The scientific name of the common house spider is parasteastoda tepidariorum. This type of spider has worldwide distribution and the good news is that common spiders are quite harmless. Even when they bite, which they do when they feel threatened, their bites are typically a minor irritation.
Size of a common house spider
A female house spider can measure five to eight millimeters in length while the male is smaller in size measuring four millimeters. The females tend to be bigger because of reproduction purposes.
The common house spiders are usually gray or brown in color. Their legs have black rings and their abdomen is usually dotted with white markings. You will find them having built webs in the dark corners of your house especially in rooms that are not commonly frequented like the attic. But you will also catch a web or two in your bedroom or bathroom.
A common house spider has a specific natural habitat: man-made shelters. They live indoors but that can be anywhere from a house to a barn, shed or the house basement.
These spiders love to crawl and skitter along the walls and floor. They build their webs thicker on one side compared to another and sit on the thicker side to mount an attack on their prey. The web is made from silky strands and you may notice several cob webs in the same corner of the house. This typically occurs with house spiders that have found a source of a lot of food. They can share the space and co-exist together. But just like venomous spiders they will attack each other when competing for limited food supply.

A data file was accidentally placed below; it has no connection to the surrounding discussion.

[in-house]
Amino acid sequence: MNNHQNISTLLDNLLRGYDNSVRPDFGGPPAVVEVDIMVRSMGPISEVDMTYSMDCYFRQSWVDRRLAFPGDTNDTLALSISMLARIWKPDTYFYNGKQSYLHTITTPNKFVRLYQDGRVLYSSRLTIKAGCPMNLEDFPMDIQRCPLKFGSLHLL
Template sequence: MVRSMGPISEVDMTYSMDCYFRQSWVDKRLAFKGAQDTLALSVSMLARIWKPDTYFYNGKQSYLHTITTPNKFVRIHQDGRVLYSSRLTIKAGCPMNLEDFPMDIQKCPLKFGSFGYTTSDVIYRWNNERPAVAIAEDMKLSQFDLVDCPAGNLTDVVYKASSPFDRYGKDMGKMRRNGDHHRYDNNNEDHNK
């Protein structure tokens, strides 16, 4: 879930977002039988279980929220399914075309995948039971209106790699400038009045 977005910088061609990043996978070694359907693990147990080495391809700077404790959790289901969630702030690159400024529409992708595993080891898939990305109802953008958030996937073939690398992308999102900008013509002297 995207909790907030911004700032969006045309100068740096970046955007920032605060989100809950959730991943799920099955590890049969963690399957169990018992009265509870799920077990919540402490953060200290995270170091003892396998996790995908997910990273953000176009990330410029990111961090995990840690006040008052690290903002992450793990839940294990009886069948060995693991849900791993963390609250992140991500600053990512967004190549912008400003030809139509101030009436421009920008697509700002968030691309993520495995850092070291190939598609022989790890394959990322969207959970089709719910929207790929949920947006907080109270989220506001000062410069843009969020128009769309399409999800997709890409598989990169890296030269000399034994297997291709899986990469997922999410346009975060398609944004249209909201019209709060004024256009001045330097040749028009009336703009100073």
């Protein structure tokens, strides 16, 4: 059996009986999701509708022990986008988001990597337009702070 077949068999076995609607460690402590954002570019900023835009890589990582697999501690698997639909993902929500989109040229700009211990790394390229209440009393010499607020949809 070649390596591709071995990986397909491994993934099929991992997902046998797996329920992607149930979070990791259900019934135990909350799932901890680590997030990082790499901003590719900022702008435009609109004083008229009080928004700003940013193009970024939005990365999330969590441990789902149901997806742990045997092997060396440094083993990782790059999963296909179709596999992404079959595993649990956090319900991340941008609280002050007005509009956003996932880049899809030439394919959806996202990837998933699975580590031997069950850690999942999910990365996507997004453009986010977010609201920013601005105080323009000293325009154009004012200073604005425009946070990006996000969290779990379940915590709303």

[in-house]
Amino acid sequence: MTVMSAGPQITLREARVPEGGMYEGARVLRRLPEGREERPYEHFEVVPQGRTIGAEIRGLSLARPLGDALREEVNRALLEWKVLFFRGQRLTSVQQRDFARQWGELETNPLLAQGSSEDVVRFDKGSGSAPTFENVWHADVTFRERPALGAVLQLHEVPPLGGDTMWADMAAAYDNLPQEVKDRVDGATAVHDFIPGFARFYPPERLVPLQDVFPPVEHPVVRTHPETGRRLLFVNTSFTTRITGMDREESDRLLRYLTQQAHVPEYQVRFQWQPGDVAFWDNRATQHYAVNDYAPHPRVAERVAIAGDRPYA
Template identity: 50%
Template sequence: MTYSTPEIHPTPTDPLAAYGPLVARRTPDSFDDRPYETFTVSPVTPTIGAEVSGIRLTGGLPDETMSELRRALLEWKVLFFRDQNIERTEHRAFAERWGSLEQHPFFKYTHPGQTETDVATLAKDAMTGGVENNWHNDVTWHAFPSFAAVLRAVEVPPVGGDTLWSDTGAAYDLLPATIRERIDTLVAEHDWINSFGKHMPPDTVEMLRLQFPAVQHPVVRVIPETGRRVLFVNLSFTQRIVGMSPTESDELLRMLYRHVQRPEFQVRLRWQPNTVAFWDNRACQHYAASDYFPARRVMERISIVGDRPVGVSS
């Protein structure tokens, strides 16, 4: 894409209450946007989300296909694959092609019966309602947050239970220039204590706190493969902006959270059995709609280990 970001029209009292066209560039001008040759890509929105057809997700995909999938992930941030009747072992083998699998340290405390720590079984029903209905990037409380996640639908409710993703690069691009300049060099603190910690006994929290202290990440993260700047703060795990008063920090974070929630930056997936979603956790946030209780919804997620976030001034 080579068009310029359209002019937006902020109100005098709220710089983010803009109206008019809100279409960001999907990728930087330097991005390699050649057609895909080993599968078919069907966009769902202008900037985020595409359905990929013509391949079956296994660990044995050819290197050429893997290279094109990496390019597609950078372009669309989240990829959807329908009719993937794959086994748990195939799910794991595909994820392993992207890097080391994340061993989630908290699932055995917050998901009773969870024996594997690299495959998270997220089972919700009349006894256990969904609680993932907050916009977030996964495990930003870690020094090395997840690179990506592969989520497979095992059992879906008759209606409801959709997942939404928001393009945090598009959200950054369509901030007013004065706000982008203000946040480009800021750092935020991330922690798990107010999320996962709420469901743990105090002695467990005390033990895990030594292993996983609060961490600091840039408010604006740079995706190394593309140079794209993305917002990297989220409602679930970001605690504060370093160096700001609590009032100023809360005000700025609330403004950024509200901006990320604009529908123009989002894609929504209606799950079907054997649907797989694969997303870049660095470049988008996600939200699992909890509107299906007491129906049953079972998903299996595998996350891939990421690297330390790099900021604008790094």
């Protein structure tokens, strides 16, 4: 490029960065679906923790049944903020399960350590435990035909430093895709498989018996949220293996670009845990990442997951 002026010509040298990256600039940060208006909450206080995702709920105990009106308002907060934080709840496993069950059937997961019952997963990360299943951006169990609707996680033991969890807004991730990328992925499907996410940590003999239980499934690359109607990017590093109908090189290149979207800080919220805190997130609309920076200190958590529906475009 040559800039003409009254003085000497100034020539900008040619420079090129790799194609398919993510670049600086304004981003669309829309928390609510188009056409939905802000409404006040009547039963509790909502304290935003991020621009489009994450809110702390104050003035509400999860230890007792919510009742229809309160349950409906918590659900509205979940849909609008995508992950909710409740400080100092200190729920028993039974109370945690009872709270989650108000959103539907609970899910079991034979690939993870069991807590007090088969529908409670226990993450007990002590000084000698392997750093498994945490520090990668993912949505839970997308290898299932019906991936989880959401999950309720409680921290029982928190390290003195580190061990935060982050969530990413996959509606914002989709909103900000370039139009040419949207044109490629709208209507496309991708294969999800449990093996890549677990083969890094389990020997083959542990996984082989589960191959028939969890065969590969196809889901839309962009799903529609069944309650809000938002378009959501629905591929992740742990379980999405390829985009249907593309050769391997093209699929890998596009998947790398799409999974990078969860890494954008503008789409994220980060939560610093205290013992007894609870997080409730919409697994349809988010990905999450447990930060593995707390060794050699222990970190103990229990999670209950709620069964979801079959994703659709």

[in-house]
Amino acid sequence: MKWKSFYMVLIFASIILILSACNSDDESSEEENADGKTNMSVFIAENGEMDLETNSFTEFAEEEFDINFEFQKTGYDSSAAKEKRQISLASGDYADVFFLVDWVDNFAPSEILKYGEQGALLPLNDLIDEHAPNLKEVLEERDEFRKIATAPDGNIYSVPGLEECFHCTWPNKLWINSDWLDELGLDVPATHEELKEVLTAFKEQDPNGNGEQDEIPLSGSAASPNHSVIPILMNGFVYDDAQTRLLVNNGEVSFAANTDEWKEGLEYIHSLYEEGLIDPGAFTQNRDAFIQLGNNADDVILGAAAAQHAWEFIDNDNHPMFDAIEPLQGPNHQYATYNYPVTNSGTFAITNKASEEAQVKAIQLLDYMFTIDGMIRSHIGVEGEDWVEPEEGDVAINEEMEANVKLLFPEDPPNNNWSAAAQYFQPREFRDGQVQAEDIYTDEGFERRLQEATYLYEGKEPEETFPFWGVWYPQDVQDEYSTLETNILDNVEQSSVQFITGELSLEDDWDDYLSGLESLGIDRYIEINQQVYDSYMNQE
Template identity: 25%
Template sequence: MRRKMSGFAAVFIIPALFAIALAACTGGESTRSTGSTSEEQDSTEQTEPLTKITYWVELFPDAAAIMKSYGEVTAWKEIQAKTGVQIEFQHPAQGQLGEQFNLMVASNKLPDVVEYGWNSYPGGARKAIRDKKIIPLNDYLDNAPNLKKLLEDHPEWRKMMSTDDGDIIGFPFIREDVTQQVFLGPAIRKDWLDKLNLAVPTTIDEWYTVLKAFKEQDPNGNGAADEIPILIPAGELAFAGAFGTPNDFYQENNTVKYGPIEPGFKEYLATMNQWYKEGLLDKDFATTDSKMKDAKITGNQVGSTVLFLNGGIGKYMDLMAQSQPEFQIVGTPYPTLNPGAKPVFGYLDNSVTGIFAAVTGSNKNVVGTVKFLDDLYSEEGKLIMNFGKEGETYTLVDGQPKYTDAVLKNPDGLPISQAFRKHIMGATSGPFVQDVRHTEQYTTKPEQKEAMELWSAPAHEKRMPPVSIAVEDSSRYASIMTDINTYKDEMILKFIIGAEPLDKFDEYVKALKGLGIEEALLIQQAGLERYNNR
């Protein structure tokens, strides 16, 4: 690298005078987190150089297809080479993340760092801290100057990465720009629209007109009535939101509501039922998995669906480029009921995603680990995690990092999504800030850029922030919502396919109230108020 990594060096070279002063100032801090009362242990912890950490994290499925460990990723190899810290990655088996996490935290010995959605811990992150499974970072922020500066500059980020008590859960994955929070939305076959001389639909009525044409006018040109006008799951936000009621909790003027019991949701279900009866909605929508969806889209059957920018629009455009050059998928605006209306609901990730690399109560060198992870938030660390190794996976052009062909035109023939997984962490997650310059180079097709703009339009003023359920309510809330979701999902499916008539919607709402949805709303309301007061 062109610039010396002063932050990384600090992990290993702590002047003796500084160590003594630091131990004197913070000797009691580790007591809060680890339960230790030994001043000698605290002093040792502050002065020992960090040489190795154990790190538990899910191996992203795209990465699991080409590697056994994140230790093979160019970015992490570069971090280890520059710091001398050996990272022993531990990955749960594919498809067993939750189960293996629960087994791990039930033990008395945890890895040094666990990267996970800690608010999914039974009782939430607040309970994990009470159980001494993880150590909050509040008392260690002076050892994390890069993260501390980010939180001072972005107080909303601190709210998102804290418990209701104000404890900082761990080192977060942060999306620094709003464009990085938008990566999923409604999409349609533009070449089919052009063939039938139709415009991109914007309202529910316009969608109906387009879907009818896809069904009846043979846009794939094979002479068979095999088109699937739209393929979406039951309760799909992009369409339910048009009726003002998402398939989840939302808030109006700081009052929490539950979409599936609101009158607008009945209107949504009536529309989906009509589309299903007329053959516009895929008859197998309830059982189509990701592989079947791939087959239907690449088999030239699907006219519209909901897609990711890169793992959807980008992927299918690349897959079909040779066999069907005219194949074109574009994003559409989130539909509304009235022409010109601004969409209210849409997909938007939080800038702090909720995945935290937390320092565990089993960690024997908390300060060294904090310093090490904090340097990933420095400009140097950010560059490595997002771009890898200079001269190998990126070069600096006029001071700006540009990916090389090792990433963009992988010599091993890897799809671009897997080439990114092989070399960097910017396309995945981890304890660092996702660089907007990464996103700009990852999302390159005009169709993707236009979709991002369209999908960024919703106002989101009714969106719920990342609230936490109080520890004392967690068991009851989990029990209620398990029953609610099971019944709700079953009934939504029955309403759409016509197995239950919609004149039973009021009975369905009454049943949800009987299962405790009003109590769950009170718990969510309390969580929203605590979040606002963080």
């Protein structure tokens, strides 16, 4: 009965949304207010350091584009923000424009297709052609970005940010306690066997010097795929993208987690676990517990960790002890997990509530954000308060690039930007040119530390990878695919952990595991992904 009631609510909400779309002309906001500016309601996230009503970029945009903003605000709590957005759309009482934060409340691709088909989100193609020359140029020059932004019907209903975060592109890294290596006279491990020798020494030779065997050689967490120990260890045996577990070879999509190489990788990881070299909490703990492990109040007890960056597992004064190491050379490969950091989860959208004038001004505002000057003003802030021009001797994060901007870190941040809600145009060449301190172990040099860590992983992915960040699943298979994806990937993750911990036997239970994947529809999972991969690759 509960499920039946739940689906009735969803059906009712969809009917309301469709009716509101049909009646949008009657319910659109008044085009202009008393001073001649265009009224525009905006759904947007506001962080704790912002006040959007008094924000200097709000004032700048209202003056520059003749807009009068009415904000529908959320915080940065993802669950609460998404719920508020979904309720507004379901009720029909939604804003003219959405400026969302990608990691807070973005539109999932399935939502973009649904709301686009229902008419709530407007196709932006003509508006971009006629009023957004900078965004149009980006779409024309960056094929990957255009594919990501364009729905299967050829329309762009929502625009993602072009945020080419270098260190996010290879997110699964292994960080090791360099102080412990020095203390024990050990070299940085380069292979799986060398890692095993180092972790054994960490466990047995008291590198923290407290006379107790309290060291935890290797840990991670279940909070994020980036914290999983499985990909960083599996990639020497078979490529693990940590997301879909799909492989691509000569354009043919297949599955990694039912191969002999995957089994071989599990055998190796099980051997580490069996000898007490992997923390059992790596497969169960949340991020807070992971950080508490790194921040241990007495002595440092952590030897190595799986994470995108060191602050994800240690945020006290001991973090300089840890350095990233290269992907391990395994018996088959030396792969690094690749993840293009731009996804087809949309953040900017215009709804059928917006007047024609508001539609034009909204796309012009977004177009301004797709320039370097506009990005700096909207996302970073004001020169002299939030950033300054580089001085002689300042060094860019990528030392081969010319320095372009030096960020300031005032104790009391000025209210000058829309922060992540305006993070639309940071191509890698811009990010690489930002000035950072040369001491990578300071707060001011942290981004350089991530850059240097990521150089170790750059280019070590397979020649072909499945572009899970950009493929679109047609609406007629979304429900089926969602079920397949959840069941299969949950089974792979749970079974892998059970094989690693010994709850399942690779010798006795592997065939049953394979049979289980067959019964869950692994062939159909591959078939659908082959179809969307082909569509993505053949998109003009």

During the breeding season the male and female live on the same web to facilitate mating after which the male dies off leaving the female to lay her eggs. The female will hold the male’s sperm for a while until she is ready to fertilize her eggs.
The female lays eggs several times a year. You can see a sac of the eggs clearly in the summer time and they appear as small brown dots hanging off the web. Each egg is fertilized individually and placed into a sac which can hold up to 400 eggs.
Common house spiders reproduce at a high rate so you may notice their populations growing alarmingly in your house within a few weeks to months.
House spiders go through three phases of growth to reach maturity. They are laid as eggs then they hatch into spiderlings which then mature into adult spiders. They will molt five to ten times before the spider reaches full maturity and at maturity their exoskeleton will be harder for better protection.
The male needs to approach the female carefully or he will be attacked.
Common house spiders are not threatened with extinction. Their populations are healthy and well distributed all over the world. These spiders help keep out insects like flies but when they become too many they become a menace.